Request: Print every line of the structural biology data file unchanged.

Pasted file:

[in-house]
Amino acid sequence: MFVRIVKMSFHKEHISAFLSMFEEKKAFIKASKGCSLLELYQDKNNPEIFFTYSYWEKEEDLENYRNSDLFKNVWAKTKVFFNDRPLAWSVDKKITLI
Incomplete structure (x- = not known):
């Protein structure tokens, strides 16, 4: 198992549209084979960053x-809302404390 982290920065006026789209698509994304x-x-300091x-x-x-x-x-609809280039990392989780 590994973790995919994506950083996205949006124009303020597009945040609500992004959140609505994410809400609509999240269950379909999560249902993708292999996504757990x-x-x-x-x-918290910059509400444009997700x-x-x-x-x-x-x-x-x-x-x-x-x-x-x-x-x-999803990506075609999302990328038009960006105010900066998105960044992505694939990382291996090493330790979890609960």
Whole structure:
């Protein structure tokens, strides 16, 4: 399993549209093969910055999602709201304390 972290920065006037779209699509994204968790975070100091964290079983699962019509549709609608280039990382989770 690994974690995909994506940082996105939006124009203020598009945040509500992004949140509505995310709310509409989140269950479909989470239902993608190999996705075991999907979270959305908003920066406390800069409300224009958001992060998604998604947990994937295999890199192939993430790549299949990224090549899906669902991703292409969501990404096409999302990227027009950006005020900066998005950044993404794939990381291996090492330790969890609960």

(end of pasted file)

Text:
[in-house]
Amino acid sequence: MFVRIVKMSFHKEHISAFLSMFEEKKAFIKASKGCSLLELYQDKNNPEIFFTYSYWEKEEDLENYRNSDLFKNVWAKTKVFFNDRPLAWSVDKKITLI
Incomplete structure (x- = not known):
């Protein structure tokens, strides 16, 4: 198992549209084979960053x-809302404390 982290920065006026789209698509994304x-x-300091x-x-x-x-x-609809280039990392989780 590994973790995919994506950083996205949006124009303020597009945040609500992004959140609505994410809400609509999240269950379909999560249902993708292999996504757990x-x-x-x-x-918290910059509400444009997700x-x-x-x-x-x-x-x-x-x-x-x-x-x-x-x-x-999803990506075609999302990328038009960006105010900066998105960044992505694939990382291996090493330790979890609960």
Whole structure:
């Protein structure tokens, strides 16, 4: 399993549209093969910055999602709201304390 972290920065006037779209699509994204968790975070100091964290079983699962019509549709609608280039990382989770 690994974690995909994506940082996105939006124009203020598009945040509500992004949140509505995310709310509409989140269950479909989470239902993608190999996705075991999907979270959305908003920066406390800069409300224009958001992060998604998604947990994937295999890199192939993430790549299949990224090549899906669902991703292409969501990404096409999302990227027009950006005020900066998005950044993404794939990381291996090492330790969890609960």